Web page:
David Carradine talks about the hereafter in the premiere of “Celebrity Ghost Stories,” a silly reality show the Bio Channel had the good fortune to tape four months before the actor’s death. Joan Rivers, Scott Baio and Teri Polo are the other featured luminaries in the opening hour, which uses dramatic recreations and eerie music to illustrate what’s otherwise merely actors reminiscing about so-called paranormal experiences. On the scale of embarrassing celebrity-themed programs, this one probably ranks somewhere above “Celebrity Fit Club” and below “Celebrity Rehab.”
Carradine’s experience — he began shacking up with a widow in her house, and her late husband’s spirit supposedly acted up — closes out the hour. “I am really spooked right now,” he says, after recounting what he believes transpired. It’s all very spacey and weird, including the meta quality of seeing a dead guy discuss his belief in an afterlife — which he’s gaining, in a sense, thanks to the show.
The hour kicks off with Rivers recalling a haunted apartment she inhabited in New York. Her story is the most believable, since it appears she’s been so terrified as to be unable to move her cheeks.
Teri Polo goes all the way back to a childhood experience, while Baio’s story involves the death of his father. One either believes this sort of thing or not (and a lot of people do), but having actors do it — augmented with staged sequences that create work for younger stand-ins — brings extra theatricality to the carnival tent.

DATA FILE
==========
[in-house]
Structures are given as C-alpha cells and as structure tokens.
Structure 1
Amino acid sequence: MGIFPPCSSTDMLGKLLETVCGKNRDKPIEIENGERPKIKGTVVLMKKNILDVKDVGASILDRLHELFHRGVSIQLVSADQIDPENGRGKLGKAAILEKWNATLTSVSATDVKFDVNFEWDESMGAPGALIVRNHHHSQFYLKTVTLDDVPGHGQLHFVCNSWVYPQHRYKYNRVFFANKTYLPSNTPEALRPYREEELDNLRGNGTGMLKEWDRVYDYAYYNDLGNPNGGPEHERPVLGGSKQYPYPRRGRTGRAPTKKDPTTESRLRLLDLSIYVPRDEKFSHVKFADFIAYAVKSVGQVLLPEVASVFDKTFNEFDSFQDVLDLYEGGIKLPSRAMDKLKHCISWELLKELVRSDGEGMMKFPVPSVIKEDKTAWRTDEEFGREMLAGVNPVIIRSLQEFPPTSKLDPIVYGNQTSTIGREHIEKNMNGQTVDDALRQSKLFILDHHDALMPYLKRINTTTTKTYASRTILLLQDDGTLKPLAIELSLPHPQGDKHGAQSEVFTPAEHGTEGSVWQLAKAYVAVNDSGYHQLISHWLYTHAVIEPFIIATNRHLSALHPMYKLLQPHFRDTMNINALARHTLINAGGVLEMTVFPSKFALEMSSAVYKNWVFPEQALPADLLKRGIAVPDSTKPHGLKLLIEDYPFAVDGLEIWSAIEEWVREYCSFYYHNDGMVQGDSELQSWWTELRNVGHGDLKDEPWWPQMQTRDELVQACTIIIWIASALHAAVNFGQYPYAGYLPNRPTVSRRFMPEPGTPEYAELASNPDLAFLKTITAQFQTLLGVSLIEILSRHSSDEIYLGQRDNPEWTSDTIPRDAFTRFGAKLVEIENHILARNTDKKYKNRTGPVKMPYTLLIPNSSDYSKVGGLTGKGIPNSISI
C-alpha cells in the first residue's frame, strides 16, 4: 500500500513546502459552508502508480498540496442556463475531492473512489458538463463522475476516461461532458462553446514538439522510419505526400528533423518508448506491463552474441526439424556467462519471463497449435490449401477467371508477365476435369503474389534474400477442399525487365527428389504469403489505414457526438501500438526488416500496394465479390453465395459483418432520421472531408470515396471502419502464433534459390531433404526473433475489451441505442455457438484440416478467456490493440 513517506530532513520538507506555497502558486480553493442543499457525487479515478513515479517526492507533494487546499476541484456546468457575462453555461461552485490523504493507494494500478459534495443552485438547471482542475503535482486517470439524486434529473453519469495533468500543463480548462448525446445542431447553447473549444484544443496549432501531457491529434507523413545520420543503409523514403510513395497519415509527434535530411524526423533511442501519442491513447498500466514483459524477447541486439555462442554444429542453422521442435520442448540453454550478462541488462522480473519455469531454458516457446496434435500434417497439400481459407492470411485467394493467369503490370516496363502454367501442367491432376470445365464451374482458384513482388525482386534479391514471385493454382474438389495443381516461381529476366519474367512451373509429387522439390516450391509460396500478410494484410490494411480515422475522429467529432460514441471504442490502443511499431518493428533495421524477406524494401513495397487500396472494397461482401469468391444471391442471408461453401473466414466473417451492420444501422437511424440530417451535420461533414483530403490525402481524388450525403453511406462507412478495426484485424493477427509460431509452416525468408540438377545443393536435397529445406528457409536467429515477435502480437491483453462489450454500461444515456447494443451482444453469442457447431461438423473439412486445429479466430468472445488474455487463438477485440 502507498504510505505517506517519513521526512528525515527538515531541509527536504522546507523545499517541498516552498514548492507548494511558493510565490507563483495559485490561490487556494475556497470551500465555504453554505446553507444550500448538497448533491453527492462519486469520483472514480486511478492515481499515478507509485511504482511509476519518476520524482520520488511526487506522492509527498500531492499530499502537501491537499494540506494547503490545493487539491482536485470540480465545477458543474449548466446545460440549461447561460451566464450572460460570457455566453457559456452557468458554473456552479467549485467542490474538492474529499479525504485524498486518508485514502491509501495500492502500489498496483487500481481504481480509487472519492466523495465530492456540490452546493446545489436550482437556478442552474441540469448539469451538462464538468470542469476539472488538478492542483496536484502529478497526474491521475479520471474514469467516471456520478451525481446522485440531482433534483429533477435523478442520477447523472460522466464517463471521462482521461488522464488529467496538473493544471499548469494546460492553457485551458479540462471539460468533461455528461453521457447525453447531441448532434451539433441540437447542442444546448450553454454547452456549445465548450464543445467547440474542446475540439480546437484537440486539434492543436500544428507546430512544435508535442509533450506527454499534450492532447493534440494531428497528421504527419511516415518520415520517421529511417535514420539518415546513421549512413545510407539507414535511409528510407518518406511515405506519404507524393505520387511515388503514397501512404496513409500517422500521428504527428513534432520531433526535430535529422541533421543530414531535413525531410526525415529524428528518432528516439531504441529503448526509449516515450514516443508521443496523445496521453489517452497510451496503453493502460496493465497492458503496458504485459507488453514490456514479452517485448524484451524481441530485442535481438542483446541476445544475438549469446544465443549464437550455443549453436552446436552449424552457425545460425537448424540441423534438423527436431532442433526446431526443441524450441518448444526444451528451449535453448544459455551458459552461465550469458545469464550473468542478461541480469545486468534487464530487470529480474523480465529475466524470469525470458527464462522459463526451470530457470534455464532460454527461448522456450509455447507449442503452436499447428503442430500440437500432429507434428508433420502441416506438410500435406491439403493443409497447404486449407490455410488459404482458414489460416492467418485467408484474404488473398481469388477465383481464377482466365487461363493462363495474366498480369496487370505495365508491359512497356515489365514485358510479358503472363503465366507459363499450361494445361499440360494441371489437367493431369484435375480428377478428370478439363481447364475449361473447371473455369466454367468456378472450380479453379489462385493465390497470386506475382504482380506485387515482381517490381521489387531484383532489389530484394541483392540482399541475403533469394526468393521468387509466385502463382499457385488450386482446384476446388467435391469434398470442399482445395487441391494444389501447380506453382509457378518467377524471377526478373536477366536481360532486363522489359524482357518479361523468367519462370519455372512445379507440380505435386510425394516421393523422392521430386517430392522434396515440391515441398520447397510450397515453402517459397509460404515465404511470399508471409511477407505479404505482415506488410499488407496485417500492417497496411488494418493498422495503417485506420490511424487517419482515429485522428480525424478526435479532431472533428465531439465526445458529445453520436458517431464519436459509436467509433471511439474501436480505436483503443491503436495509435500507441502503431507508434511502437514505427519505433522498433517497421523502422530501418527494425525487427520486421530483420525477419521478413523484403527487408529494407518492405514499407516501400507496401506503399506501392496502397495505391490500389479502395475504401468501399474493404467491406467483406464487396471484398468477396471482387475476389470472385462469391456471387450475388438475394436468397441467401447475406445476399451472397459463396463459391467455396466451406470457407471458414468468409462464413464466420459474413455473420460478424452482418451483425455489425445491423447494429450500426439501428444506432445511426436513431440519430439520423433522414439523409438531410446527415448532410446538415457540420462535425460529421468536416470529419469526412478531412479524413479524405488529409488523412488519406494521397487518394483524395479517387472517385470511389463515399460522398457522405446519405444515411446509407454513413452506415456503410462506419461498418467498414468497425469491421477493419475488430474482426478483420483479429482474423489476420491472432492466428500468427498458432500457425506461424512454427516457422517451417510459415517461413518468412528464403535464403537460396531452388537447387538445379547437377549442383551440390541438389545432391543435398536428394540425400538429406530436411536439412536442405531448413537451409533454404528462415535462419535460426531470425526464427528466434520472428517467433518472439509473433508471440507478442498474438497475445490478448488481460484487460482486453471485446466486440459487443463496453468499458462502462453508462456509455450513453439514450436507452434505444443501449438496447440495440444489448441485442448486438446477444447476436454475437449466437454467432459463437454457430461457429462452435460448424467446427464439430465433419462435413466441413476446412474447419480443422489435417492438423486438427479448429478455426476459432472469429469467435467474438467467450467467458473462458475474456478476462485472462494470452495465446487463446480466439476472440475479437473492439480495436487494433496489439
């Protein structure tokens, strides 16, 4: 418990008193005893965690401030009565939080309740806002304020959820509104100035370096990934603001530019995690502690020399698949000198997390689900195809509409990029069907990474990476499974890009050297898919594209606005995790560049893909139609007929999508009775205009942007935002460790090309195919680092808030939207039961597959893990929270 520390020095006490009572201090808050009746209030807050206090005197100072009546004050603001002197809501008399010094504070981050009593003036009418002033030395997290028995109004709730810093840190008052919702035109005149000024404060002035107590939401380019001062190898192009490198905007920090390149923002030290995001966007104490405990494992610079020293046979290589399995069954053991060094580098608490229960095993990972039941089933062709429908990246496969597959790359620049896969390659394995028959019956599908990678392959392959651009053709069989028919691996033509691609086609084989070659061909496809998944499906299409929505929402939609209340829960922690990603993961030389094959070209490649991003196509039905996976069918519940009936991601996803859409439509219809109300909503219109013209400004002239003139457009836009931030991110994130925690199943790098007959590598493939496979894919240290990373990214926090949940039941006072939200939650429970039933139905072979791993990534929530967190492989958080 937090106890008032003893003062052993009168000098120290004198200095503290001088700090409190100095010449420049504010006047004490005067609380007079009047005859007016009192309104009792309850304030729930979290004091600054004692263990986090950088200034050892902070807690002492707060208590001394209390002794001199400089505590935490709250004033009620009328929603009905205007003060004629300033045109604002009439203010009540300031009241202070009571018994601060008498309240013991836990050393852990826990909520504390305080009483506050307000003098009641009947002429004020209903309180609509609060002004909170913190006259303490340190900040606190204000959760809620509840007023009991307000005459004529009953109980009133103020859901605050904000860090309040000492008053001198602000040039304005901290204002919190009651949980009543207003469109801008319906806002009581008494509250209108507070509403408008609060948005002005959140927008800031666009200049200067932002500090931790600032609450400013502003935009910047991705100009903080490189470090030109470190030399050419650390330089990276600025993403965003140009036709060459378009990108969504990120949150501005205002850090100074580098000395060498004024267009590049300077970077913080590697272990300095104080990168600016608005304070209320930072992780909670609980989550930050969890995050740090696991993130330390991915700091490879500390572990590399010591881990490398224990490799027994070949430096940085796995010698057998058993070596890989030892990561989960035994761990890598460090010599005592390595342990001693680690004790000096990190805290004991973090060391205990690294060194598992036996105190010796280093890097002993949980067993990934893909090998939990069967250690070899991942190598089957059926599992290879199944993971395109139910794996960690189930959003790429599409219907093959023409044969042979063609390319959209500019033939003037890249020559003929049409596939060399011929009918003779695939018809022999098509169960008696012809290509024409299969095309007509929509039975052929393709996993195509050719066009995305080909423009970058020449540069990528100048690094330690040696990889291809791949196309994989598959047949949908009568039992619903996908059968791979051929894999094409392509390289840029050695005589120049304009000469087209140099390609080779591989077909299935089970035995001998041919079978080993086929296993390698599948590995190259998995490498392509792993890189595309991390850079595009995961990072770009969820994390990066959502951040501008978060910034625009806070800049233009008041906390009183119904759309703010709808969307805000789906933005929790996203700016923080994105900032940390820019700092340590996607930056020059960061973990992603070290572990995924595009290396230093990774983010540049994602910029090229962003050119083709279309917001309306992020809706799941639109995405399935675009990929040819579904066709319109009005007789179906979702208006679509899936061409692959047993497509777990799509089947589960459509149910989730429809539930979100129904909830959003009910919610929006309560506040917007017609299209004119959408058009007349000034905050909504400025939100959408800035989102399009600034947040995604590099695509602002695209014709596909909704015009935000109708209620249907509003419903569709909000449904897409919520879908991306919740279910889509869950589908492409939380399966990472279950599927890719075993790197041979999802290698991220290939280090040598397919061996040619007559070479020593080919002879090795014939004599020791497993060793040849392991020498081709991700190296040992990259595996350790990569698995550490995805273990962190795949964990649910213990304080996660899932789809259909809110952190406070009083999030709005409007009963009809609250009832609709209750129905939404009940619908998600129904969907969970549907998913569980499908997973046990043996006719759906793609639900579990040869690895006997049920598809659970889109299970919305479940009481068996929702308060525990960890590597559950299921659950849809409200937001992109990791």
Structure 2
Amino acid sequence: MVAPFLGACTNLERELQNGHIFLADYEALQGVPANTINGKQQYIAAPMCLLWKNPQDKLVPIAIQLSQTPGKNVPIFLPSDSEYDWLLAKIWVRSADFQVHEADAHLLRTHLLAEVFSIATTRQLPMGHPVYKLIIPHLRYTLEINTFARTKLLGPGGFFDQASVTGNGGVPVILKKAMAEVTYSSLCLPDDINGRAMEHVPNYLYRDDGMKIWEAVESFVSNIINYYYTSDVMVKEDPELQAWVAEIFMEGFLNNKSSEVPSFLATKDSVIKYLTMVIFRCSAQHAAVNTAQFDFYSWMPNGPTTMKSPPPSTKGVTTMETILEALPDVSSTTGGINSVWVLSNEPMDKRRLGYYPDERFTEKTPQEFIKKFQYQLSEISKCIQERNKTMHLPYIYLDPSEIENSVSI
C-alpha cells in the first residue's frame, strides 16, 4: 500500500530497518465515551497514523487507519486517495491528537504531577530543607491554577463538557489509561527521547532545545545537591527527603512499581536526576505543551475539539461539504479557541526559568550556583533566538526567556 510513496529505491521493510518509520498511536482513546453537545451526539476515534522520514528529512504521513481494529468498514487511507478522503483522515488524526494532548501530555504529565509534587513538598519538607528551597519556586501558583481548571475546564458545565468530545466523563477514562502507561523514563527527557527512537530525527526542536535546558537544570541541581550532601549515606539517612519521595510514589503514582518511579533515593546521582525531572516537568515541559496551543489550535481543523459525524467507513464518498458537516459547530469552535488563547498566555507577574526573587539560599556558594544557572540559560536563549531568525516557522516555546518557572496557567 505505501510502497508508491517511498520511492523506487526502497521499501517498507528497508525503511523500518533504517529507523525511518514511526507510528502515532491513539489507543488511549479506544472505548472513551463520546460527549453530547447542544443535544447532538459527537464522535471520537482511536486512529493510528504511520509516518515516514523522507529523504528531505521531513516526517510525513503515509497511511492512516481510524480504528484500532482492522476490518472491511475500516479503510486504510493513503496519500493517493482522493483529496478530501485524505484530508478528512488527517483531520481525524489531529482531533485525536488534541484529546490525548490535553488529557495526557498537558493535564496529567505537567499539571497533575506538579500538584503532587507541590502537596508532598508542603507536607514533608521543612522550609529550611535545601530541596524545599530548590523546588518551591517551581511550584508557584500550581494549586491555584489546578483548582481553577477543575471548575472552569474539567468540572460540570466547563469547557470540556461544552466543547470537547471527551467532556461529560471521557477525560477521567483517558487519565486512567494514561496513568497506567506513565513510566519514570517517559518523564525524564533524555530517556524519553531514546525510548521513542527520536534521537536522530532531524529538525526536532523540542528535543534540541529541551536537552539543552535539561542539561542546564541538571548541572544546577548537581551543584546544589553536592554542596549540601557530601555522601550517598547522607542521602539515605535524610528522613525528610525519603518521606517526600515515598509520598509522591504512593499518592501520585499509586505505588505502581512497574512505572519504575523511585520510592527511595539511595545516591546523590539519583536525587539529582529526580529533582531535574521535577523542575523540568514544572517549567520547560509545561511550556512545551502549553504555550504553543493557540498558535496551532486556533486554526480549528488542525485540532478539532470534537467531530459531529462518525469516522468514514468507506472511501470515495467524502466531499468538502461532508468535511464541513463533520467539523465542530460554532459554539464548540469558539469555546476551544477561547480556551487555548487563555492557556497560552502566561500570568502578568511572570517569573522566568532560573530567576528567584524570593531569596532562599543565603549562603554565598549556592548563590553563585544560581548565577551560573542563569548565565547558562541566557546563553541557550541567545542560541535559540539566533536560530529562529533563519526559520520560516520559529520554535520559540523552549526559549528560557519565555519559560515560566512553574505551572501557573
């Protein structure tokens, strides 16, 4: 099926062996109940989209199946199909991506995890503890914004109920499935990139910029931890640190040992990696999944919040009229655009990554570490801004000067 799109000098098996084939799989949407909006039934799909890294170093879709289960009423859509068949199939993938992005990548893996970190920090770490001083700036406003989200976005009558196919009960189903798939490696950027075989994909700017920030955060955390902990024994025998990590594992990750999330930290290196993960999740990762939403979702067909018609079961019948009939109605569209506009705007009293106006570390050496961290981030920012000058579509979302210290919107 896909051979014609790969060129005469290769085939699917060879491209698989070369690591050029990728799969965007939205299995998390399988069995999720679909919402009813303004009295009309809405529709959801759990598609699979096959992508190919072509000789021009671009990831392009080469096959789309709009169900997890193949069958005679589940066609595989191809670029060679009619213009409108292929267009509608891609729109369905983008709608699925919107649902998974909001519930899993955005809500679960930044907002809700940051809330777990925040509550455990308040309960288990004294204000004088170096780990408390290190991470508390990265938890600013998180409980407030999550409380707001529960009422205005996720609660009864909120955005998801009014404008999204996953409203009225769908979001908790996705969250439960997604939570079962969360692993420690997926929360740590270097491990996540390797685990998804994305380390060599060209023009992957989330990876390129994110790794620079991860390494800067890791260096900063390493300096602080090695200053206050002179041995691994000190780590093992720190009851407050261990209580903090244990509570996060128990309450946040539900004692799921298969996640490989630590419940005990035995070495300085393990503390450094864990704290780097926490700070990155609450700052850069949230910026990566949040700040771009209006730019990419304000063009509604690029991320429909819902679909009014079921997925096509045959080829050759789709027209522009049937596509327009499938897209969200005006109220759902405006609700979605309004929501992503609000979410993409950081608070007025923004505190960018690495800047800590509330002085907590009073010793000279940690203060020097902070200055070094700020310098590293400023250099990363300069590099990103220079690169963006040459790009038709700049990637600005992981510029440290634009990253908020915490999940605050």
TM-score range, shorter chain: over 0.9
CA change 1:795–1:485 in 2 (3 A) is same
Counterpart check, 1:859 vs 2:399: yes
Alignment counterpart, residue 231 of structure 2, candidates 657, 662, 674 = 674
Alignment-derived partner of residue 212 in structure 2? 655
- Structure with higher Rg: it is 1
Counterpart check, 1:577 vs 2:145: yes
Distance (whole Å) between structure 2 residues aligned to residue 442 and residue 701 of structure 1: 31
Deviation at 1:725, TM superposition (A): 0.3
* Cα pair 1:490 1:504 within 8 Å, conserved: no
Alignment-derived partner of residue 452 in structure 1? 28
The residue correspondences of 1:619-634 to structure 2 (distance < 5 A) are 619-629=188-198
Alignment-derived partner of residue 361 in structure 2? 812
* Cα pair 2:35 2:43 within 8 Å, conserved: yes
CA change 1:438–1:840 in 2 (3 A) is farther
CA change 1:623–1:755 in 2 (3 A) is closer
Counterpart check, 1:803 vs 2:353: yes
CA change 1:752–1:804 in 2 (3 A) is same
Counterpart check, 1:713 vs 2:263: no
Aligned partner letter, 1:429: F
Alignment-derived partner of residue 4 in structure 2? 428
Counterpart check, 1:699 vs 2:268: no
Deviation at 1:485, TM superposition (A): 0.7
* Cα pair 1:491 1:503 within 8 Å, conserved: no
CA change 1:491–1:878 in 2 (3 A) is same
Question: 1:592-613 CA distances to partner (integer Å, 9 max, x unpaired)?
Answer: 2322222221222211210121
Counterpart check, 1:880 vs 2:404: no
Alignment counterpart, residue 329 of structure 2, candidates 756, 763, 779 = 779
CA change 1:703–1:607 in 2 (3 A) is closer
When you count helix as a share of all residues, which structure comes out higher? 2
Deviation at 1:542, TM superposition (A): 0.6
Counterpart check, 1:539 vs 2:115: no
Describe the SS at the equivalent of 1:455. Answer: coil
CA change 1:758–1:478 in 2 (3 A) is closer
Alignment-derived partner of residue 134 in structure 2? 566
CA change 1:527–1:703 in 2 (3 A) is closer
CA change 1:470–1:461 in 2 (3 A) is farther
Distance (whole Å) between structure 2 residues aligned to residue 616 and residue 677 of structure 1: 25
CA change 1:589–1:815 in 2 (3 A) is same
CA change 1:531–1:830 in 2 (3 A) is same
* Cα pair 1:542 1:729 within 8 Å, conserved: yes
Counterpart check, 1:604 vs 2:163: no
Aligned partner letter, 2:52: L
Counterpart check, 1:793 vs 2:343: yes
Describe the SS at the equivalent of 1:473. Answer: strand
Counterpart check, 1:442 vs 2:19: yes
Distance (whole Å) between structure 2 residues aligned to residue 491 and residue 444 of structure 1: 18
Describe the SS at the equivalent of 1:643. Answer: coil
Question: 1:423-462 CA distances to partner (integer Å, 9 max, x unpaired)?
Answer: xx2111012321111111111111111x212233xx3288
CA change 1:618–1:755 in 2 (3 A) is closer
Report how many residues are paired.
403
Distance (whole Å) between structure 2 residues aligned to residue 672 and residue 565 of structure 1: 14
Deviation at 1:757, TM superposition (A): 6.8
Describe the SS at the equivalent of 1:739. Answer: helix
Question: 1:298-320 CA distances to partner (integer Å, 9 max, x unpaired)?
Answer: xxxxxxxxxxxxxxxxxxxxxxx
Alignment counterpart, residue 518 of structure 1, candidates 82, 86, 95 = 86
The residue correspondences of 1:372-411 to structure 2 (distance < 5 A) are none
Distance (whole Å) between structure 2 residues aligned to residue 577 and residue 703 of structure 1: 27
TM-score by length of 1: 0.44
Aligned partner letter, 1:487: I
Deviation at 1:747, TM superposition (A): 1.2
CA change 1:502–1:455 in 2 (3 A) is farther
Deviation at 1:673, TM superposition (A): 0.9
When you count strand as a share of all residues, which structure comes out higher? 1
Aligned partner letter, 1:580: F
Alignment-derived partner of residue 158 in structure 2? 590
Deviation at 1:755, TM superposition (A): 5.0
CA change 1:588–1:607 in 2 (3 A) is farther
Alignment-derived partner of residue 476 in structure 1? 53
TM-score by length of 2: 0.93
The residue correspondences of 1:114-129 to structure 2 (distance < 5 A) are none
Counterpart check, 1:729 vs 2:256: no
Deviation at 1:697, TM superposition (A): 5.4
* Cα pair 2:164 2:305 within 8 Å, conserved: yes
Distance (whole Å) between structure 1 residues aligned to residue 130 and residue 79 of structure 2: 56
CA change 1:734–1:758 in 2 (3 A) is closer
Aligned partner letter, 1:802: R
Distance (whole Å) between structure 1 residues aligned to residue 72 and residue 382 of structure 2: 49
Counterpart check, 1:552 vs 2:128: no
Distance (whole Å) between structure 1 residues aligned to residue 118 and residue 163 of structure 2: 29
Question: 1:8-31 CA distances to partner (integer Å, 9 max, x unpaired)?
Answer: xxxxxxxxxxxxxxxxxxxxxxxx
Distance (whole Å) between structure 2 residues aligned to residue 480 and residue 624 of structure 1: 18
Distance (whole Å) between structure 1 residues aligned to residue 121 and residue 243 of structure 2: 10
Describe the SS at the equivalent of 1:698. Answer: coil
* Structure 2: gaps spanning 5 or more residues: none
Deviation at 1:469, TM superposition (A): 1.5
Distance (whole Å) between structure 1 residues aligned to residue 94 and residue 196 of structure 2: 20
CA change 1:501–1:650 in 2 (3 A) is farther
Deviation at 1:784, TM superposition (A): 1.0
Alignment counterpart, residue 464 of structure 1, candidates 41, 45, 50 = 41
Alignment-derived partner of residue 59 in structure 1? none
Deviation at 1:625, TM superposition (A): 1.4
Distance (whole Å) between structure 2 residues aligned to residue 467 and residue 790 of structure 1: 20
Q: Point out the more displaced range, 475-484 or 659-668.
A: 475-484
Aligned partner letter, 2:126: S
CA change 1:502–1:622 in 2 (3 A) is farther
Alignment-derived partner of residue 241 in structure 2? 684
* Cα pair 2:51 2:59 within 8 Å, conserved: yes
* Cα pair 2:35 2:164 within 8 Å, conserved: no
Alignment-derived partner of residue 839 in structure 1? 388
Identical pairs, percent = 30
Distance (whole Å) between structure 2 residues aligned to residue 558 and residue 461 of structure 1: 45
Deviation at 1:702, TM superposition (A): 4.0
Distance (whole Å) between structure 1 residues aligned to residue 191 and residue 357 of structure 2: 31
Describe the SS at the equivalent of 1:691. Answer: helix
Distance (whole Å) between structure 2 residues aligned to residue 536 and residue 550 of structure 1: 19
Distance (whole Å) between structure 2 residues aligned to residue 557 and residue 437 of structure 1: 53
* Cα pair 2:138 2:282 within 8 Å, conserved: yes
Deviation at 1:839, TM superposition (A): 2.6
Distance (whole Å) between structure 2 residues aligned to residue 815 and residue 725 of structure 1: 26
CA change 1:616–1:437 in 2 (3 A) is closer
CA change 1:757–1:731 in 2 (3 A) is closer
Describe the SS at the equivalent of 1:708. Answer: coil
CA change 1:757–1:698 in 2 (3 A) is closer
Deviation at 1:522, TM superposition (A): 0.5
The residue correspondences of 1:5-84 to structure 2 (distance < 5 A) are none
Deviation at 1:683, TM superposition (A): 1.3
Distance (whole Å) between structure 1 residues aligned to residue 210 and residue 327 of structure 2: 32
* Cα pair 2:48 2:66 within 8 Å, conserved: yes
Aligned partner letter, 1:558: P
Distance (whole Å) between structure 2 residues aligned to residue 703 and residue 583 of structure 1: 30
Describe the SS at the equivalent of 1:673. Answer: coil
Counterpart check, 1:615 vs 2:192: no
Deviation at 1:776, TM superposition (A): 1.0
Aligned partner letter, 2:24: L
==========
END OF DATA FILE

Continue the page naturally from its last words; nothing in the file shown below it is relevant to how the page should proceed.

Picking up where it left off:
The eclectic list of celebrity gh-gh-ghost storytellers — with some careers closer to the Great Beyond than others — includes Tom Arnold, Justine Bateman, Morgan Fairchild, Carrie Fisher, Gina Gershon, Sammy Hagar, C. Thomas Howell, Traci Lords, Rue McClanahan, Lisa Rinna, John Waters, and — wait for it — “Ghostbusters” co-star Ernie Hudson.
The tone is completely earnest, without a trace of skepticism. Rivers’ story features a sort-of exorcism by a voodoo priestess, which, she says, was “like something out of a bad movie.”
Bingo. Only cheaper.